He cleared off his cluttered desk, reached for a piece of blank paper and a marker the color and smell of licorice, giving no thought to whether or not it was weather-proof. Outlining large block letters to fill the page, he wrote, “FREE HUGS” and saturated the white space with the pungent ink. He could feel the adrenalin surge like he used to feel painting charcoal under his eyes or getting his ankles taped before a big game.
But he didn’t go that day. He didn’t go the next day either. On the third day he knew it was time. He put on his helmet, fired up his midnight blue Vespa and heeded the call of the urban university campus buzzing with the anticipation of fall quarter. It was a safe place, a friendly place where he might find huggers. His thoughts occasionally veered from the twelve miles of sunny road to worst case scenario. Rather than concern himself with being mugged or robbed, he worried no one would hug him.
On that Friday before school started he walked through the student union and out the other side to park blocks filled with paths and benches, and students eating lunch and looking for transcripts, and employees walking books and computers on carts between buildings ahead of the big rush. A lamppost beckoned; he set his helmet next to it and pulled out his sign. When he unfolded it he could feel its lack of sturdiness in his knees. He took a deep breath and stood there quietly holding his offer. He watched for people watching for him.
Though he was a veteran at marching in the street “against,” he was new to standing “for.” While hugging was unlikely to spur old ladies to flip him off like he’d experienced in protest outings, it was still unnerving. He made some rules to make him feel more in control. He rejected the shtick of a guy he’d seen on YouTube who hassled people for a hug. He also pledged to refuse no one. As he stood there feeling alone he wondered if Gandhi would regard hugging as a significant enough change to seek in the world. He wondered if Gandhi hugged strangers. Or if strangers hugged Gandhi before he was well-known.
The ten minutes he stood there without a hug (or was it only two) confirmed his fear. People hurried by, some looked at him and quickly looked away, some pretended he wasn’t there as if he were panhandling; some stared openly as they passed. A few smiled. In pensive moments of waiting he felt invisible, and conspicuous.
And then she was walking toward him, a smile the size of
He watched a child-size young woman walk by for the third time pushing a cart, her eyes darting at and away from him. A few yards beyond sat a group of exchange students eating lunch, smoking cigarettes and speaking words he couldn’t understand. They gawked at him then joked amongst themselves. He looked down, eyelids shielding him from rebuke.
When he looked up there was a big guy in Carhartts about to pounce, arms outstretched. “Oh, what the hell,” he was saying. The big guy was a good hugger, unafraid of what onlookers might think. When they separated he said, “I didn’t have much hugging when I was growing up. My family didn’t hug much, ya know?” Eye to eye, the big guy went on. “Then I was married to a lady and we didn’t hug much either. And then I started going to meetings where everybody hugged. I learned how good it is for the soul.” He nodded and looked in the distance. “Thanks for doing this,” the big guy said. And then he walked away.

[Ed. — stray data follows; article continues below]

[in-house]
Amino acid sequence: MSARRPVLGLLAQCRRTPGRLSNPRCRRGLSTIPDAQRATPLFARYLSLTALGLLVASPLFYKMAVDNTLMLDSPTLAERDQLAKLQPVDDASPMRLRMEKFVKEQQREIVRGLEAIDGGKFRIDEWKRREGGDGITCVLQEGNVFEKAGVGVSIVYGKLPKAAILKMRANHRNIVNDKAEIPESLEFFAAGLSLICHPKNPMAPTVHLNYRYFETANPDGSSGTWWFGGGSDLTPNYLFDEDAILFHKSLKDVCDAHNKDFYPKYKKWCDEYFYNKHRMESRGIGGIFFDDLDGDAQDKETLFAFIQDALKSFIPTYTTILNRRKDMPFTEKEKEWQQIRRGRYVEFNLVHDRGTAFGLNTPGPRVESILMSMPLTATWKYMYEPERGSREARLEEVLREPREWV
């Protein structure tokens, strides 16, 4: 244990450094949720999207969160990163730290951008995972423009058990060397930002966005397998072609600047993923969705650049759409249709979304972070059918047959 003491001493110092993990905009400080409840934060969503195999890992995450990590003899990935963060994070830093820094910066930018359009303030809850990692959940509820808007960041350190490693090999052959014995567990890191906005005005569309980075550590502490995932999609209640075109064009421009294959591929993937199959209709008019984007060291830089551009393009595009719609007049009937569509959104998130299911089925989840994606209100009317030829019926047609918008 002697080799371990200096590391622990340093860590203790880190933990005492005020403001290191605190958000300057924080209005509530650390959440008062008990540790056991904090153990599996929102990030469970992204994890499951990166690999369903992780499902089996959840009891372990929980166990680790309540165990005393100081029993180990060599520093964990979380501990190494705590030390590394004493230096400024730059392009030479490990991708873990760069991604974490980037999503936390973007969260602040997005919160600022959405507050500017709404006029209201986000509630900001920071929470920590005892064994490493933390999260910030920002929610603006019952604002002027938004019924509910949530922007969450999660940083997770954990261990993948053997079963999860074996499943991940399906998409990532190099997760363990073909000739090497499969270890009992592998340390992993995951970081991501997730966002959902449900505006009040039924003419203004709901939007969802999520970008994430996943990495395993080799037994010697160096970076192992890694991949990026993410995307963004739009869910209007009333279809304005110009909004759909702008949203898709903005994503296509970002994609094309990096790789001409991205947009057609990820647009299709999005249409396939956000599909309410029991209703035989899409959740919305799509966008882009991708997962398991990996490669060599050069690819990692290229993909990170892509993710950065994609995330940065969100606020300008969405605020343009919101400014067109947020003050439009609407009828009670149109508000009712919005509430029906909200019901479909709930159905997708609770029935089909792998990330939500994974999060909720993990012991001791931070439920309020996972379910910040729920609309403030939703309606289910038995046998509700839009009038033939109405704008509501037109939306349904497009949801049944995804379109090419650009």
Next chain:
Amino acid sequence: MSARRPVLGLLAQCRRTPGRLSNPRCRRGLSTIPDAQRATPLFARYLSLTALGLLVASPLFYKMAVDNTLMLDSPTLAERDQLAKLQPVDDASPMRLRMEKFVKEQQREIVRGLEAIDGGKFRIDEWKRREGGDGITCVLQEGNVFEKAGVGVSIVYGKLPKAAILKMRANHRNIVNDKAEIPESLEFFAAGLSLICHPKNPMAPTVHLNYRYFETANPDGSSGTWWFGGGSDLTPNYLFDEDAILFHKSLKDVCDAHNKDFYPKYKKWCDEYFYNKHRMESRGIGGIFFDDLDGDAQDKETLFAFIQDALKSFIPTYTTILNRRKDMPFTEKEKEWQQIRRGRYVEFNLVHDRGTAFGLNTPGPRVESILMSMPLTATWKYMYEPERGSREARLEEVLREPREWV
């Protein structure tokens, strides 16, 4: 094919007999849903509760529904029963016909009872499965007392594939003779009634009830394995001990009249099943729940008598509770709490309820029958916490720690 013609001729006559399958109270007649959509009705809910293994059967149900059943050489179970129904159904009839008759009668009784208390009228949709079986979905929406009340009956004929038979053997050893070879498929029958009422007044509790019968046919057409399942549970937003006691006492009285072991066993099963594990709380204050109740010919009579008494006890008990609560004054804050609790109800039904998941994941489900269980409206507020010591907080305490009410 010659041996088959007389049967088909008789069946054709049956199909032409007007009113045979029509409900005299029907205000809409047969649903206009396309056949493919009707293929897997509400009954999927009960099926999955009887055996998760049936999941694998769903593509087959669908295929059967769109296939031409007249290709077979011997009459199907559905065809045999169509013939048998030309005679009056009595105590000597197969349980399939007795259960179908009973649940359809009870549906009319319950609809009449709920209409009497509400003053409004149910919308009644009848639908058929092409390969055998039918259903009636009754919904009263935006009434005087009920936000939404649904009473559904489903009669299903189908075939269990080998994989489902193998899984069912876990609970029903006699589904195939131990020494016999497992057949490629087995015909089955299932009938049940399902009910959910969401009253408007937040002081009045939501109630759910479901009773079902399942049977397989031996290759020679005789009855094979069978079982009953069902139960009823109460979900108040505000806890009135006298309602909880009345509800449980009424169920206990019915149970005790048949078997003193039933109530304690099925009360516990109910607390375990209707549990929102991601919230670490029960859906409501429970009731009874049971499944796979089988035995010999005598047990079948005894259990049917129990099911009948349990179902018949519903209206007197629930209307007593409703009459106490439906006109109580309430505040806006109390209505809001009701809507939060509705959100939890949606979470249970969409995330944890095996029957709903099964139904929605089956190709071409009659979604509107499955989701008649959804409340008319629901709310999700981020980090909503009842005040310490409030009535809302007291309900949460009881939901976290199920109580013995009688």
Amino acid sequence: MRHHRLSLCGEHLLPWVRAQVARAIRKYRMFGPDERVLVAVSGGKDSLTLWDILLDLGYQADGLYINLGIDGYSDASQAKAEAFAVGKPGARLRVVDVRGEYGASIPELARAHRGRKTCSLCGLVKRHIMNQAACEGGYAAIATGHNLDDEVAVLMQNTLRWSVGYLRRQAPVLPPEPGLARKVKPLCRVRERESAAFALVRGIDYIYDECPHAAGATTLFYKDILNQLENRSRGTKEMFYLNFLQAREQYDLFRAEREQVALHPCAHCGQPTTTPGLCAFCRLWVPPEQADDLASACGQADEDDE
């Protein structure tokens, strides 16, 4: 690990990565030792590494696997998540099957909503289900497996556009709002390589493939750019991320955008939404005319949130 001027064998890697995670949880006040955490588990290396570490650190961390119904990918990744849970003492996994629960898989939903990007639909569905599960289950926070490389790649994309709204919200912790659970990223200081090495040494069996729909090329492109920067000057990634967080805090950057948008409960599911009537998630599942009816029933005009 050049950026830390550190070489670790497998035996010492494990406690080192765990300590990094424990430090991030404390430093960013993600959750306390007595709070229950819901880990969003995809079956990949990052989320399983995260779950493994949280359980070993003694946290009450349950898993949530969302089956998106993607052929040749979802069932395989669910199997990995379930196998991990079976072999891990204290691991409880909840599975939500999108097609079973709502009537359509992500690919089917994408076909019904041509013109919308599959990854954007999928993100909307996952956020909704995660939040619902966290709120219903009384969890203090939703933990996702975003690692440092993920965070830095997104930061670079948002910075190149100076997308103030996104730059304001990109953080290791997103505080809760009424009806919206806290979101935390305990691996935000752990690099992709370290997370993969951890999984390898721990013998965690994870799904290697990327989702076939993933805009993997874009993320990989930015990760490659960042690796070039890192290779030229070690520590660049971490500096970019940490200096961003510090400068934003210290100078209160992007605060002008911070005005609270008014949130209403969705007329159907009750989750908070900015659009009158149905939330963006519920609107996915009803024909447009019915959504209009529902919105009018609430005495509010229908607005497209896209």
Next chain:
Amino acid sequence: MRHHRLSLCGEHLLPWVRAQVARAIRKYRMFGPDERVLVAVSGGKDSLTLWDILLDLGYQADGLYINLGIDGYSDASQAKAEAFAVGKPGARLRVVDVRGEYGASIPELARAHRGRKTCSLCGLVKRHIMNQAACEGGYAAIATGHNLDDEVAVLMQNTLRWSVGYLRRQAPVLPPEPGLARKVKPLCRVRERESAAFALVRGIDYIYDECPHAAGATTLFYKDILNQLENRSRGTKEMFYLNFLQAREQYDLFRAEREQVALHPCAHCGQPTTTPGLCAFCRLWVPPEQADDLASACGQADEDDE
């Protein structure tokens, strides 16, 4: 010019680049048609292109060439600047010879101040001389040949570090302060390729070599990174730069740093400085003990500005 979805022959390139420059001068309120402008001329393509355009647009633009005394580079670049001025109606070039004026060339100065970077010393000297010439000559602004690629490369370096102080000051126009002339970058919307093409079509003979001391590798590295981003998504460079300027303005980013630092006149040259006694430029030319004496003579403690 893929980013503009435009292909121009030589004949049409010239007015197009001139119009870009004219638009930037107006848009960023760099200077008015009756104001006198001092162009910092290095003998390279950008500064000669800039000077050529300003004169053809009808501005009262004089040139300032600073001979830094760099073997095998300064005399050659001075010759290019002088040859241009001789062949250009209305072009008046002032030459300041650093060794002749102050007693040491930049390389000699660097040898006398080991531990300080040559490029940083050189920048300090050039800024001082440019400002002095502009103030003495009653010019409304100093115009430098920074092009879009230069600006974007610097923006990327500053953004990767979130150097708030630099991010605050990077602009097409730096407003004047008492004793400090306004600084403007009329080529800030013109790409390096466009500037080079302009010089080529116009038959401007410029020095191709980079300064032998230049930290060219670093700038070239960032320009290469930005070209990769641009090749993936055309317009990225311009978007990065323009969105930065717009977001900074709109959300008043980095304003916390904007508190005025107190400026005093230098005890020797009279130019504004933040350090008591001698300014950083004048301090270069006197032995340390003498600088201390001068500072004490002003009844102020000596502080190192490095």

The sheer surprise and the big guy’s authenticity floored him. He breathed in and out slowly, found his feet, watched the big guy in the distance laughing and talking with the falafel vendor. And just as he was about to be steady, coming at him just short of a sprint, a gangly guy talking on a mobile phone. The two made eye contact and the guy on the phone said to his listener, “Hold on, I gotta hug this guy,” and without breaking stride he hugged large, resumed his pace barely skipping a syllable in his chitchat, and charged the air with the extreme blast of his energy. The hugger felt silly and laughed, standing there by himself in the crowd.
He wondered how long to stay. “Quit while you’re ahead,” said the monkeys in his brain. “You want to leave on a win.” But when the hug was good he wanted another. And when the hug left emptiness, he wanted to stay to get another win.
And then he was approached by a young father and his school age son. “My son wants to know why you are doing this,” said the father.
“I like giving hugs and I think there are a lot of people who could use one.” He directed his words to the boy.
“I really like hugs,” the little boy announced.
“Would you like to hold my sign?”
“No,” he said as he stepped back.
“Would you like a hug?”
“Yes,” he said reaching upward. The hugger kneeled and wrapped the child in his arms.
“I used to hug him,” said the father. “He’s too old for that now.”
The hugger stood up. “That’s how you’ve been in the past; doesn’t mean that’s how you have to be in the future.” They locked eyes.
“Thanks for letting him hug me,” said the hugger as he turned his back to the duo before he stepped farther over the line.
The next thing he knew the young lady with the cart, having left it on the path, bounded toward him and gave him a quick embrace. And then she sprang away, looking back over her shoulder before she and her cargo disappeared in the crowd.
He was surprised to watch one of the exchange students get up from his bench, stomp out his cigarette and march toward him. His friends gaped and chattered, urging him on. The hugger was engulfed by his smoke-filled sweatshirt. He reminded himself of his commitment to all comers.
He had a satisfying hour filled with forty or fifty hugs. He was full and lit, like the orange light on the battery charger after it’s been plugged in all night; he felt smug and slightly invincible. He was equally hooked on the effect he had on those who merely smiled. The hug drug flowed through him like chi after bodywork.
He envisioned tougher parts of town, crowds of people who might pretend to be too tough to hug—like in the town square. He needed more practice for that adrenaline rush.
On a sunny Saturday in October the farmer’s market beckoned and he obeyed. It’s one thing to solicit hugs at a state university in a broadminded city; it’s another to go to the countryside where politics are displayed on gun racks in pick-up trucks. He wasn’t sure if country folk would hug a stranger.